“Key points based on the COP agenda that businesses must prioritise are:

  •  Help reach net zero, they must set goals to create clear actionable roadmaps;
  • Support the scaling of the voluntary carbon market;
  • Support the financing of the transition to net zero;
  • ·Capture the opportunities that will be unlocked by the outcome of the COP26 negotiations and make them viable;
  •  Support additional innovation and industrialisation needed to achieve the massive cost-down that will enable a timely global scale-up, for example hydrogen and hydrogen-based technologies;
  • Understand how to work with and invest in nature as an asset;
  • Prepare for the changes relating to climate hazards and bake in resilience mechanisms in business operations. Change in climate will affect human livability and workability, food systems, natural capital, as well as physical assets and infrastructure; and
  • Rethinking investments, financial institutions and other companies will need to retool themselves for this challenge, and what the best financing mechanisms of the future might look like – for example, fund allocations for natural defenses and to ensure greater preparedness of exposed communities.

“The UK and Israel must join forces to create the tools and frameworks for change to be implemented. Climate change should not be a competitive advantage, it should be everyone’s priority. governments and industries must build collaborative strategies to support and embrace our changing reality.

“It is thanks to collaborations such as UK-IL that solutions will be determined and our path towards net zero will be accelerated.

“Businesses that are not putting sustainability at the heart of what they do will not survive the test of time.

“Both financing and procurement terms will increasingly favour ‘eco’ businesses and this will make it increasingly difficult for businesses that are not addressing those challenges to thrive.”



Saturas is an Israeli-based agritech company focusing on improving farmers’ water usage making it more efficient.

The technology accurately measures the right amount of water plants need in order to thrive without overwatering them, which encourages water conservation, but also the quantity and quality of the fruits and crops produced by farmers using their system.

Anat Halgoa Solomon co-founded Saturas

Saturas was founded in 2013 by Halgoa Solomon and Moshe Meron.

It has developed an advanced decision support system for precision irrigation based on its miniature stem-water potential (SWP) sensor.

“The sensors, embedded in the trunks of trees, vines and plants, receive direct input from the tree or vine to provide accurate information for
optimised irrigation.

Earlier this year, Saturas raised $3m (£2.18m) in the first part of a Series B funding round for its precision irrigation management system.

Halgoa Solomon, its CEO, says: “COP26’s importance for raising awareness and support in sustainable technologies is key, especially for young start-up companies.

“It will provide a platform for the creation of business contacts and opportunities.

“Both the UK and Israel are significant players in the ecosystem with innovative technologies and leading strong industries.

“Collaboration can promote the goals and accelerate the process.”



The Israeli company that was inspired by an orange

A pioneering Israeli packaging company is helping to accelerate the shift away from the use of plastics through its trademarked compostable packaging.

Oranges (Photo by Xiaolong Wong on Unsplash)

TIPA emerged in 2010 and manufactures compostable packaging that emulates the functionality and optical properties of plastic but is biodegradable and does not adversely affect shelf life. An increasing number of brands are turning to TIPA’s solutions as they search for alternatives to plastic. Among those with whom they are working are Duchy Organic for Waitrose, Riverford Organic Farmers and Stella McCartney.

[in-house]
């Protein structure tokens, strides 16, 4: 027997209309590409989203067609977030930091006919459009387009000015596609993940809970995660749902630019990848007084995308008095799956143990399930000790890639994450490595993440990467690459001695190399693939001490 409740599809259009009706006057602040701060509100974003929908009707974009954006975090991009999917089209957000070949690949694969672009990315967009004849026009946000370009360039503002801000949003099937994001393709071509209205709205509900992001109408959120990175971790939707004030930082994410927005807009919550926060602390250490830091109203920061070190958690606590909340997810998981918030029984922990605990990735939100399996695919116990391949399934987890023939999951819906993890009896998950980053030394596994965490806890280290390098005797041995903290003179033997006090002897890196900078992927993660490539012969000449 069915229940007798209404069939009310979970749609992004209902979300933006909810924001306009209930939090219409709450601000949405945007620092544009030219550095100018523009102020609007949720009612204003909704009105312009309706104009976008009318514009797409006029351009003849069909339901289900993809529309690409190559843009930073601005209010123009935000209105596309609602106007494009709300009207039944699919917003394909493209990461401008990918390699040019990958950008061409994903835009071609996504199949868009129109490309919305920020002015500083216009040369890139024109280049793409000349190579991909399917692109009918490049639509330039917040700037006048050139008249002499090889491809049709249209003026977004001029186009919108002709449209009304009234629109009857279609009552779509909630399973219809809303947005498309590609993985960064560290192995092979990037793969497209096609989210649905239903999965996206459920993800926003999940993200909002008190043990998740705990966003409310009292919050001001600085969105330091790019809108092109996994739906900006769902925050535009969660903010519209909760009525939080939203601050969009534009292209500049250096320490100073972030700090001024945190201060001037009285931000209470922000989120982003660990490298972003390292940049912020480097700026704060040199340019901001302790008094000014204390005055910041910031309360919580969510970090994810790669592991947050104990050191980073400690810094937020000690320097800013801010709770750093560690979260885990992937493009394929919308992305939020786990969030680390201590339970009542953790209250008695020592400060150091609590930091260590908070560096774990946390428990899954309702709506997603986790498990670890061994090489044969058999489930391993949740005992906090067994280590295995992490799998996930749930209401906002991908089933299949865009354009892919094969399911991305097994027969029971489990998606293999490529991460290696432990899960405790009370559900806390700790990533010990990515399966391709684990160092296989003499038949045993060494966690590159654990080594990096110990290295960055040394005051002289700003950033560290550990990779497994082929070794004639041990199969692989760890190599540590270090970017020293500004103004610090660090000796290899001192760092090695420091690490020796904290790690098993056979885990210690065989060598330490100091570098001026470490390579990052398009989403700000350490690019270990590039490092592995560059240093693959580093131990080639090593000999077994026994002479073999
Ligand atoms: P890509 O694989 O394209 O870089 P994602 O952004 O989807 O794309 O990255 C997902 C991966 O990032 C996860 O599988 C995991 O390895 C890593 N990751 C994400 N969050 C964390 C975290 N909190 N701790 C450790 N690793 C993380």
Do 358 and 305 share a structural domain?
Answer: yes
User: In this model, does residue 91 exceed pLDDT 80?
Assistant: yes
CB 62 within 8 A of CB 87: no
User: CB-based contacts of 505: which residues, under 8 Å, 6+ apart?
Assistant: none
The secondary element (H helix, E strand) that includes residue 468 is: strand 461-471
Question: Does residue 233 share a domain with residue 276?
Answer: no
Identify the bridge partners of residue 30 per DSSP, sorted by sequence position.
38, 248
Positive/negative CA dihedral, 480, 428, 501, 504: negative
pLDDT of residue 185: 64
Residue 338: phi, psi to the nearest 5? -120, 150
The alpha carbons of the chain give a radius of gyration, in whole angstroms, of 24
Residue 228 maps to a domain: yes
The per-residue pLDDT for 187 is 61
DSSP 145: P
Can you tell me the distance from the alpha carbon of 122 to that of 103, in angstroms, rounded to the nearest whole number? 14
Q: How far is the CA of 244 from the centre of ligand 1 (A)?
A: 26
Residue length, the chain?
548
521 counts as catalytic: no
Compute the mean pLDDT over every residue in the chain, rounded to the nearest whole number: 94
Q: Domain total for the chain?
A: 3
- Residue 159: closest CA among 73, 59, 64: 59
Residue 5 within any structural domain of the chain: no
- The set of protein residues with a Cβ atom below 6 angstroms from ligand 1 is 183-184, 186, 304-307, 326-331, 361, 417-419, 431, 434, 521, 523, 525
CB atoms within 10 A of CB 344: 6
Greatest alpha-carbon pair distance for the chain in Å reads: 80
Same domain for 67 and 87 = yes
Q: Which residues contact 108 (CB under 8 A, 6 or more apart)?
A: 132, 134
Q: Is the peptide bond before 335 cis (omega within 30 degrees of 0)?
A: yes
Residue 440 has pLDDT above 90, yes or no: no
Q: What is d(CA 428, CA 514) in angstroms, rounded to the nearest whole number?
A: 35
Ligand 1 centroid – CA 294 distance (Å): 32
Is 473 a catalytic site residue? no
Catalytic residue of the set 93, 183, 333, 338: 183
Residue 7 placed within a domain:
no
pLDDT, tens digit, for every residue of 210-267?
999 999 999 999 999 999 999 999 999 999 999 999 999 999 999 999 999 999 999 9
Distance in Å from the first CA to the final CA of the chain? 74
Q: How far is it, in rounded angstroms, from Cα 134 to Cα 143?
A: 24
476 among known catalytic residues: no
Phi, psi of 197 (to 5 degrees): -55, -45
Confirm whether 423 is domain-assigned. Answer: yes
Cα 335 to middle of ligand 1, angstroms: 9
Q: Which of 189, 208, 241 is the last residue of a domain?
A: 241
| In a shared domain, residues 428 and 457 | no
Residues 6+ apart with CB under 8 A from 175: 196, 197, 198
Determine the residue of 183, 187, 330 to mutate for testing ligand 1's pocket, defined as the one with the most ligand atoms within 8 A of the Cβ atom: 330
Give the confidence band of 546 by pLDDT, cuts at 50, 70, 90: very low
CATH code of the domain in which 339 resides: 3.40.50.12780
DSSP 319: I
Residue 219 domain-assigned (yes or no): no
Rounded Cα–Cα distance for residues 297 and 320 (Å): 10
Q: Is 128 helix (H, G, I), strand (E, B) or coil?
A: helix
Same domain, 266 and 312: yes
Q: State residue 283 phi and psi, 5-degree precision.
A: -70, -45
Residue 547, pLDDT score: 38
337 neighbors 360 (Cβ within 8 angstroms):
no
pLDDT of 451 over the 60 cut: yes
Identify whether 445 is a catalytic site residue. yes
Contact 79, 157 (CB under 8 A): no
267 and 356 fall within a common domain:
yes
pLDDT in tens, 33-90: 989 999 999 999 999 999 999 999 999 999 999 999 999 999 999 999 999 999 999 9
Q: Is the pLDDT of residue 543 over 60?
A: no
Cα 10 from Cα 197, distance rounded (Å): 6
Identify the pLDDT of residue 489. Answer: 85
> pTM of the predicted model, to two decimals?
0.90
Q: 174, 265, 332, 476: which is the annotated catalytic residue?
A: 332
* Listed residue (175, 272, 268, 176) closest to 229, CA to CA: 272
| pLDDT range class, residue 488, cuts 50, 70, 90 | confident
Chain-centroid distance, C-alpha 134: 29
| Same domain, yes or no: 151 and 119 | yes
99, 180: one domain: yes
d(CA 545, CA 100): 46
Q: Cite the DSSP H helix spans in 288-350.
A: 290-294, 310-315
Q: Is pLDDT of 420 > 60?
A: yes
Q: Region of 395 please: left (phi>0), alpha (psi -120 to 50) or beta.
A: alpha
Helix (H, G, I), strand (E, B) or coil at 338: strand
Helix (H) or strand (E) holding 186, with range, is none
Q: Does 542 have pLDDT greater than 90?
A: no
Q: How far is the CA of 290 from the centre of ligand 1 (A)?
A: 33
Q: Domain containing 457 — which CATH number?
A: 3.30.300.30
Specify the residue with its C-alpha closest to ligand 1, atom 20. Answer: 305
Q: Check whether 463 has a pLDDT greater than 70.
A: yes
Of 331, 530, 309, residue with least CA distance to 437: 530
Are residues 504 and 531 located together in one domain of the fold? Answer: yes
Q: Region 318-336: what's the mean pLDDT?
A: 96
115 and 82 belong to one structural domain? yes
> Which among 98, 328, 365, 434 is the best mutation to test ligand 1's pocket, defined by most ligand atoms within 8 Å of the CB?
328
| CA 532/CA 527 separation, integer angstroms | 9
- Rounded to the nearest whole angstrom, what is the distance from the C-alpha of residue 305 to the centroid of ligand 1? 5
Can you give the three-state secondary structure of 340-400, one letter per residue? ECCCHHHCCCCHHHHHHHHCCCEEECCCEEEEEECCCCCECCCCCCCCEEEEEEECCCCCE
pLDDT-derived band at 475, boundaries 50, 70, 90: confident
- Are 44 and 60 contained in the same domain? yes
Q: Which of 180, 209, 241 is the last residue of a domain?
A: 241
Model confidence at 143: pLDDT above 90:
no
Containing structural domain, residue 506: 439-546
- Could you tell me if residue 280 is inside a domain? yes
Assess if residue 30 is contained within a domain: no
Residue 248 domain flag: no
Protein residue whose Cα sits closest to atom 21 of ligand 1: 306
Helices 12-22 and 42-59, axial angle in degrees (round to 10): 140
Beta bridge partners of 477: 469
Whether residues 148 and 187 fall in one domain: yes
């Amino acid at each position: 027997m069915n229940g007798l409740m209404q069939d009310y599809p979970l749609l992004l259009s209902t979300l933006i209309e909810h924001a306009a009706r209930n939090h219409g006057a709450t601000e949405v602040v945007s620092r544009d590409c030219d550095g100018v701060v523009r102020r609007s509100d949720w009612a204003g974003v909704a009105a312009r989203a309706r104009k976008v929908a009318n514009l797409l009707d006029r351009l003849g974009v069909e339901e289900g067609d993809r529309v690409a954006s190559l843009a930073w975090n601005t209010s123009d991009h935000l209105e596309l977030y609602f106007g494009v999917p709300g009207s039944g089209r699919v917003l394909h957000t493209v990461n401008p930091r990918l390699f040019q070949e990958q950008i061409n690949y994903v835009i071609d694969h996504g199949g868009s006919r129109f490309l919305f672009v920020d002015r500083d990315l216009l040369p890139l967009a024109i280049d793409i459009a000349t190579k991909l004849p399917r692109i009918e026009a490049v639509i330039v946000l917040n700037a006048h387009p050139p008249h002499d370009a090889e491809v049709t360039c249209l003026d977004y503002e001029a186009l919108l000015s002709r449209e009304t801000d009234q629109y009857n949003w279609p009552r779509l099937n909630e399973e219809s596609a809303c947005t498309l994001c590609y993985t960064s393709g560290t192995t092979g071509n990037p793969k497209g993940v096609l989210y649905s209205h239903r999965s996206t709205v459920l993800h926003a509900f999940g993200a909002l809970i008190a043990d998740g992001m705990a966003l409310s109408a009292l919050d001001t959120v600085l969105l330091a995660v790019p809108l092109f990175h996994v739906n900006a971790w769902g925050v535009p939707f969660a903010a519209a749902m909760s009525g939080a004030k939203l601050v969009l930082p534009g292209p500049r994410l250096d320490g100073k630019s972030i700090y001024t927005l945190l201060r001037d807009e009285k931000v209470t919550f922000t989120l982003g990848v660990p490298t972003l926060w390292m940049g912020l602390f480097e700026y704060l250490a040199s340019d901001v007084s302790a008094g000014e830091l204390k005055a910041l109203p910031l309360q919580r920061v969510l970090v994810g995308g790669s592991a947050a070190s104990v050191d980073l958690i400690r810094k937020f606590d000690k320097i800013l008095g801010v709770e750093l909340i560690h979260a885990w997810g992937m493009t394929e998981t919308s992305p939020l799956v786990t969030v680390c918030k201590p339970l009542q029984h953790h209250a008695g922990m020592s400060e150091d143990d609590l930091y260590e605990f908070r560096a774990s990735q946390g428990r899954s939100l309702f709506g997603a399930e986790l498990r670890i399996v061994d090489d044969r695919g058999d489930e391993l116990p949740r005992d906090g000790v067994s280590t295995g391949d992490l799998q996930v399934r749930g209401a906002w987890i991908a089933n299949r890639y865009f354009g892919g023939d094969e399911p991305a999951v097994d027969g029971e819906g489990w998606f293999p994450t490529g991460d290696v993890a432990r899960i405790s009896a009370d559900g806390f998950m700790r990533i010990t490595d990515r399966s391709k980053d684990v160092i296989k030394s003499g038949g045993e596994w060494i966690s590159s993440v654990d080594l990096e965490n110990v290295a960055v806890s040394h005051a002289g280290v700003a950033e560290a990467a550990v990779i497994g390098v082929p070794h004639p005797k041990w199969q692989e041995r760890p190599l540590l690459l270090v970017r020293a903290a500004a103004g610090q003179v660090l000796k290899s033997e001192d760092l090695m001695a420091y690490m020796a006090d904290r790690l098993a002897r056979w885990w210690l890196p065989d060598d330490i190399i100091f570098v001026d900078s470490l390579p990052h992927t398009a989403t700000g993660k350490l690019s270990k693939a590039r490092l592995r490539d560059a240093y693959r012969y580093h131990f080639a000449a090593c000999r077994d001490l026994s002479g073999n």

Co-founder Daphna Nissenbaum, a former software engineer, says: “Consumer demand for sustainable packaging is growing meteorically.”

Next week, world leaders will meet in Glasgow to discuss ways to deal with climate change. Nissenbaum says: “Beyond helping to fight against the plastic contamination of our environment, compostable packaging helps to bring organic waste safely back to the soil. Sequestration of carbon in soil not only helps to protect our soil and the plant’s health but also plays its part in the fight against climate change. TIPA is looking forward to a successful outcome of the COP26 and wants to contribute to help grow this world into a better place.”

Daphna Nissenbaum

TIPA has taken part in several polls, finding that a majority of the public demands sustainable packaging alternatives, and are willing to pay more for it. A recent UK poll revealed that 83 percent of the British public would prefer their food to be wrapped in compostable packaging rather than traditional plastic.

How does TIPA’s packaging work? The products break down under compost conditions, returning to nature without harmful impact. “Like an orange peel, it protects what it packages before degrading safely in compost, leaving no harmful residue.”

The war on plastic has gathered momentum and is set to ramp up as governments across the globe commit to banning the use of plastics that threaten our natural environment. Single-use plastics are among a raft of items that could be banned in England as part of a new public consultation being launched in the autumn.

TIPA provides compostable packaging

While plastic products have played a significant role during the pandemic; think masks, gloves, bottles of sanitisers, which are eventually discarded in terrestrial or marine environments, the pandemic has also allowed us to rethink our relationship with the environment.

“Sustainable packaging is becoming a necessity rather than a ‘good to have’. The market is growing along with the spotlight on plastic pollution, now more than ever. Employees are attracted to companies and organisations that
do right by the world.”




Partners include Strauss, Volcani Centre, LSE Generate and Tech Nation

  • Five-day delegation
  • Designed to enable female founders and execs in the field of cleantech and sustainability to network and grow through mentorship, workshops and funding opportunities.